Accumulator Tank Replacement

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    Joe Hunnicutt

    As a serious part-timer I’ve made a number of modifications to the rig that not only help me whether boondocking or on full hookups.  One of the things that I did a few years ago was to install a Jabsco 1 liter accumulator.  The reasoning behind this stemmed from me witnessing and helping repair more than one RV water system that went KABOOM due to over pressure caused by a water heater that had sublimated the air pocket out of it leaving the plumbing system to absorb the expansion when the water heater started from dead cold.

    The Jabsco came from Amazon for about $70 and I fitted it under the kitchen sink tapped into the cold water line.  It’s served me well for a number of years but last spring I noticed that I was getting more line pressure after the water heater fired up than I was used to or frankly wanted.  I depressurized the system and checked the bladder pressure on the accumulator and found that it was zero, no surprise there.  I pumped it back up to 10 psi and within a few days I was back to zero so it was obvious that the bladder had failed.  Since it was very near my end date for goofing off and my real job loomed close on the horizon I just filed it away for a future project although I was not thrilled to have to dump another $70.

    In the meantime, a couple of years ago I goofed when I winterized and failed to take out the manifold for my reverse osmosis system leaving it in the rig during a below zero weather event.  Upon arrival in whatever southern state I was headed to that year I found that the RO system was fatal and it was cheaper to just buy another system from Lowes ($140) than to replace the manifold ($135).  Consequently I wound up with a spare three gallon accumulator tank from the replacement RO system and stuffed it into one of the overhead compartments where it’s resided since.  Can you guess where this is going?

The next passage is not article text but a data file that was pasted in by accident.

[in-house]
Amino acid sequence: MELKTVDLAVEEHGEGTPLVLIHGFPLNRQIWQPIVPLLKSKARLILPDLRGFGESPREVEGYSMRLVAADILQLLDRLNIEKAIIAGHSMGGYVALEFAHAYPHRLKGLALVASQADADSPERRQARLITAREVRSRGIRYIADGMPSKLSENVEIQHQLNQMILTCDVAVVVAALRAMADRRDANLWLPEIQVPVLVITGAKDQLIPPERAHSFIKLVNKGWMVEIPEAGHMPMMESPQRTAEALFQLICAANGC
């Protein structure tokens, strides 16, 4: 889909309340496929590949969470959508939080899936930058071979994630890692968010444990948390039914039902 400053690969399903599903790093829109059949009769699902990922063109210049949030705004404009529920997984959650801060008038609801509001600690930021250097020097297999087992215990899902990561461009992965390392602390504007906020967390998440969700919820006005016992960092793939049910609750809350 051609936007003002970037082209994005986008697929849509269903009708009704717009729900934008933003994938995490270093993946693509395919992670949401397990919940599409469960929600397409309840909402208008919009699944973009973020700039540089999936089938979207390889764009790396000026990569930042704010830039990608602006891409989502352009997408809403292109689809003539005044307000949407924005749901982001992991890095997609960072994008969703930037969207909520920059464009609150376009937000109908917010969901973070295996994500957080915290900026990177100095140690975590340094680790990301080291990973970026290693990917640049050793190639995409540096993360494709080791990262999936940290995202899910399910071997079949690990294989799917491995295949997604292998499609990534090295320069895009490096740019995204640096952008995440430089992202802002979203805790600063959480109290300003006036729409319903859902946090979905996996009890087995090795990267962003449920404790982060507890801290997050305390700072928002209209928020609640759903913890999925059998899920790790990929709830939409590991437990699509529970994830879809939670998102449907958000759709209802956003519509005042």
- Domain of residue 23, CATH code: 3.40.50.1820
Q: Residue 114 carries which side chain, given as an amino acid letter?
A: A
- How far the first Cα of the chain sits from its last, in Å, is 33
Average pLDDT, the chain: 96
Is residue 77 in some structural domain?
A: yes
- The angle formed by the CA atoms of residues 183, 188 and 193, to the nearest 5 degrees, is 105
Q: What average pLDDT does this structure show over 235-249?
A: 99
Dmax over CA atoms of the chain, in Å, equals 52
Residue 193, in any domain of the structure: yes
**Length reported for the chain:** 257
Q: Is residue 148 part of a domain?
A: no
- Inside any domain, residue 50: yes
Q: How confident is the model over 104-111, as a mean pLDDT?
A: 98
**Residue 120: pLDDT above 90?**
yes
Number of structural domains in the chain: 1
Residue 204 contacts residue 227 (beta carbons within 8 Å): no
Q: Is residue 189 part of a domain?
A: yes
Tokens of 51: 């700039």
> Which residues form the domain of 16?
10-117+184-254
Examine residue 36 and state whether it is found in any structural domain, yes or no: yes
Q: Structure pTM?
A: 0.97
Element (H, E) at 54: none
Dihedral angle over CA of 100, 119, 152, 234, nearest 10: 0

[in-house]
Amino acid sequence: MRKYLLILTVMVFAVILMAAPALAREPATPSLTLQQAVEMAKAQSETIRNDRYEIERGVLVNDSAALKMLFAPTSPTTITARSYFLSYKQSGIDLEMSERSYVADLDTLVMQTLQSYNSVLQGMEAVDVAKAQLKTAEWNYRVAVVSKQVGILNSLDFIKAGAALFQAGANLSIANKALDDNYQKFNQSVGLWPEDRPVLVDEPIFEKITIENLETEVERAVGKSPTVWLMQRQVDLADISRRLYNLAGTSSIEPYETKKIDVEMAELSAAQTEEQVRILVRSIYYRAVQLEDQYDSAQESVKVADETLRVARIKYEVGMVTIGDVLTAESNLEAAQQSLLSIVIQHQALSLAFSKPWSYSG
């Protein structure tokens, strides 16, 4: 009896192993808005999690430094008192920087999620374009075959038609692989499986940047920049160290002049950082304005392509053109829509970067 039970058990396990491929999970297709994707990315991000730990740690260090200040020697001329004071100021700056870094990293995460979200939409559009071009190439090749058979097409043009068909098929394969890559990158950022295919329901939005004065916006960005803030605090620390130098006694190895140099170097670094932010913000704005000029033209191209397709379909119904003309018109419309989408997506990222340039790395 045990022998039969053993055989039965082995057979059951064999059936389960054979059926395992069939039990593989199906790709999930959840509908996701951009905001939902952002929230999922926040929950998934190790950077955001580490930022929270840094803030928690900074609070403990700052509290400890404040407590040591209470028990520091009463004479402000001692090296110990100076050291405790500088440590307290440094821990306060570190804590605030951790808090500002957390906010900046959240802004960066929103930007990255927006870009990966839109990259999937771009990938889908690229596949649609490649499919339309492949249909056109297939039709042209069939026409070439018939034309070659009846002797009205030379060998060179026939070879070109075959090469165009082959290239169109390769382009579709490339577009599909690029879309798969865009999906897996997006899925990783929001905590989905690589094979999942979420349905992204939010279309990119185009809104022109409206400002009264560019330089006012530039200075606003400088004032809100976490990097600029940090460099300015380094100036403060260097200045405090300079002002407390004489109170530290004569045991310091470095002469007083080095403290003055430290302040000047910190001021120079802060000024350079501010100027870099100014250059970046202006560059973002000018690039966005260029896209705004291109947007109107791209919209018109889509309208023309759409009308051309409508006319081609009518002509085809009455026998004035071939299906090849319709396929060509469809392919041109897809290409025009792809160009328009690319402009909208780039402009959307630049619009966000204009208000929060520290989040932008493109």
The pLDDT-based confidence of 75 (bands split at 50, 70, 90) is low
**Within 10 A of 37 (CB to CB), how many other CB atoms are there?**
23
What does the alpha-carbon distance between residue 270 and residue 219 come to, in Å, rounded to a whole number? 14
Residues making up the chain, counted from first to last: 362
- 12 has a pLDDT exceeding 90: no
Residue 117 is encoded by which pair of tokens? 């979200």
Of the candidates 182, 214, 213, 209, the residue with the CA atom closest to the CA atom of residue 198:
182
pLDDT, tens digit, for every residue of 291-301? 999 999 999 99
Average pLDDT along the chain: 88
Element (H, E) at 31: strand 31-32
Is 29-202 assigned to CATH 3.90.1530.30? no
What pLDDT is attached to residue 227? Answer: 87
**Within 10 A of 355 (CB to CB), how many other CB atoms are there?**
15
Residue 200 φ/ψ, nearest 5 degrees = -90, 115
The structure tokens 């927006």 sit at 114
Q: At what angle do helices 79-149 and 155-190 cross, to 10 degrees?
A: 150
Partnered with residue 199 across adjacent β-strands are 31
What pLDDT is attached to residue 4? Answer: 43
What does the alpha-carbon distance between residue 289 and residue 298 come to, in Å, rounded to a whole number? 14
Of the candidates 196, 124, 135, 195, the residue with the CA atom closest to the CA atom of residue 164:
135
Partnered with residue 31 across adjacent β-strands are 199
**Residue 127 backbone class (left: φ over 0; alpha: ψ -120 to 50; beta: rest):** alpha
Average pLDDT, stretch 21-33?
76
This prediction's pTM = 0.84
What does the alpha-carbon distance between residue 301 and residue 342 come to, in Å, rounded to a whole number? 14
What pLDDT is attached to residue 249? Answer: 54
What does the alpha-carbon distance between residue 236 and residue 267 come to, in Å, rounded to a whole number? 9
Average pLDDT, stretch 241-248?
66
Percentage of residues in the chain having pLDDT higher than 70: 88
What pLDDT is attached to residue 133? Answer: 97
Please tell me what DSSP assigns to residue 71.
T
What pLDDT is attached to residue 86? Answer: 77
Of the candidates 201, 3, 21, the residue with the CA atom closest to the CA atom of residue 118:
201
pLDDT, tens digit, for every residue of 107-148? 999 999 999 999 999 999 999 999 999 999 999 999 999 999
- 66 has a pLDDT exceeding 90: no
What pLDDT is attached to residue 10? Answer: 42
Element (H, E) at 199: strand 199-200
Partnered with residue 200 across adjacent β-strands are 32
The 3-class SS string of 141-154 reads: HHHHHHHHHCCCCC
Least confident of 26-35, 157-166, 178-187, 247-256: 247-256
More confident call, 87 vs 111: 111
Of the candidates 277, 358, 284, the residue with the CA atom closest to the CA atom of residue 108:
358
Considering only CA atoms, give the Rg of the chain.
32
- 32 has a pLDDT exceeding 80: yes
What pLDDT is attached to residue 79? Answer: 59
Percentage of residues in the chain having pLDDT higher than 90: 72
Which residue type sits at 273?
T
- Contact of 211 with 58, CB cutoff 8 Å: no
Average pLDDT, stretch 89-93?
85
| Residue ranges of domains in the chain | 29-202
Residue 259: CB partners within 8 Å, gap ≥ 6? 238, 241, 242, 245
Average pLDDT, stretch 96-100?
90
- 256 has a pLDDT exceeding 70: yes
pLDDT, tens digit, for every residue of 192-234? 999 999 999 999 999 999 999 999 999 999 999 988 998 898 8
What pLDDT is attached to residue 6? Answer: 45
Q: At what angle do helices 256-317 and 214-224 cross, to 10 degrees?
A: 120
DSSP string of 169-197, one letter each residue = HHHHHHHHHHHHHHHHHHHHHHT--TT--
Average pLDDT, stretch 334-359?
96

Yesterday a trip to the hardware store to pick up some fittings ($32) and I was ready to install my new accumulator tank but where to put it?  Since my wife passed away earlier this year I’ve found that I have more room under the bathroom sink that previously and the tank would sit in there nicely within a foot or two of a cold water line.  A couple of compression fittings and a sink flex hose was all it took and viola!!  I now have a real accumulator that makes a difference.

    I filled my fresh tank yesterday so I could run off that for a few days and listen to the pump just in case my plumbing skills weren’t up to standard and I must say that I would NEVER put a smallish accumulator in again.  The three gallon tank actually has a working capacity of two gallons (about a gallon is taken up by the pressure bladder) and it is amazing how much this thing smoothed out my water system.  I can still hear the pump and no change was made to the noise level but I isolated that years ago by mounting it to a folded over mouse pad and insulated the outbound line for about five feet so it wasn’t obnoxious to begin with.

    Although the pump will run for a given time for a given volume of water used, the accumulator now pushes water through the system and the pump doesn’t cycle on and off like it used to.  Theoretically this will cut down on the wear and tear on the pump pressure switch leading to longer pump life but who’s to say, I’ve never managed to wear one out so for me the main advantage is more even pressure.

    So… if you’re one of those people who is thinking about an accumulator or needs to replace the one they’ve already installed keep in mind that a larger tank has its advantages.  The link below is for a two gallon tank from Amazon that’s less than $45.


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